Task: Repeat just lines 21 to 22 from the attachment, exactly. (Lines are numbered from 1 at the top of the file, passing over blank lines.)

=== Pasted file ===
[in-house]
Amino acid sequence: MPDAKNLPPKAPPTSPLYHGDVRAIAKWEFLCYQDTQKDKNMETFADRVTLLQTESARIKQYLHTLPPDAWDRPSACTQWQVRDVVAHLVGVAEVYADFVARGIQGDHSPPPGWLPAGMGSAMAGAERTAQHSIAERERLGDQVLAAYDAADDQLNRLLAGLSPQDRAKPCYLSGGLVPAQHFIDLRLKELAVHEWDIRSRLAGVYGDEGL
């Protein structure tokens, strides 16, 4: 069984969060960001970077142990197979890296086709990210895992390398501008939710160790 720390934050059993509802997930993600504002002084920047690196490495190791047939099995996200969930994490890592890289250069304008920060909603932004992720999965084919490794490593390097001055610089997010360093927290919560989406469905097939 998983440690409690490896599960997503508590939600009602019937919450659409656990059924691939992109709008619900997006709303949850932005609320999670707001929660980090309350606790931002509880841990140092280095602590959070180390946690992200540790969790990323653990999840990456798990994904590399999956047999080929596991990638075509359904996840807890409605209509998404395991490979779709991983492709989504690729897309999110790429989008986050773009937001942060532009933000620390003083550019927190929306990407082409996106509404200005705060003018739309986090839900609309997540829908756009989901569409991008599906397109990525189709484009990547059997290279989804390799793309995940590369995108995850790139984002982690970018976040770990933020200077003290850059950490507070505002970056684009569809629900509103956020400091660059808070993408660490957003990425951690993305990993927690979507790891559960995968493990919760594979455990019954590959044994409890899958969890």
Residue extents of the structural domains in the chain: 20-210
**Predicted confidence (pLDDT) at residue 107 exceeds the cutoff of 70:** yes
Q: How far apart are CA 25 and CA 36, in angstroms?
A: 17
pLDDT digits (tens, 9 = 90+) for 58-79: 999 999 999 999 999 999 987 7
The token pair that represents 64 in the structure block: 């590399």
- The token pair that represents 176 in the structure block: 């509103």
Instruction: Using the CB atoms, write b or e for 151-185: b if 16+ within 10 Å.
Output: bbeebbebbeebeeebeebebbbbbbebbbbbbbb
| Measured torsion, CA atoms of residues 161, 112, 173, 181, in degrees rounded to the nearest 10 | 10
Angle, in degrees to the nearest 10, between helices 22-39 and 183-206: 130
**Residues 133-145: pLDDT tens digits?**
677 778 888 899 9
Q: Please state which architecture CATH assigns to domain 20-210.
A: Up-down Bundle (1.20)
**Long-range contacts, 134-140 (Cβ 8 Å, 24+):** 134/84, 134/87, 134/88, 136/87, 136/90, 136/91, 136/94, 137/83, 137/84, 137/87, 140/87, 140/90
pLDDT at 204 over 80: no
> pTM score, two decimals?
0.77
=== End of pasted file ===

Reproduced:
> pTM score, two decimals?
0.77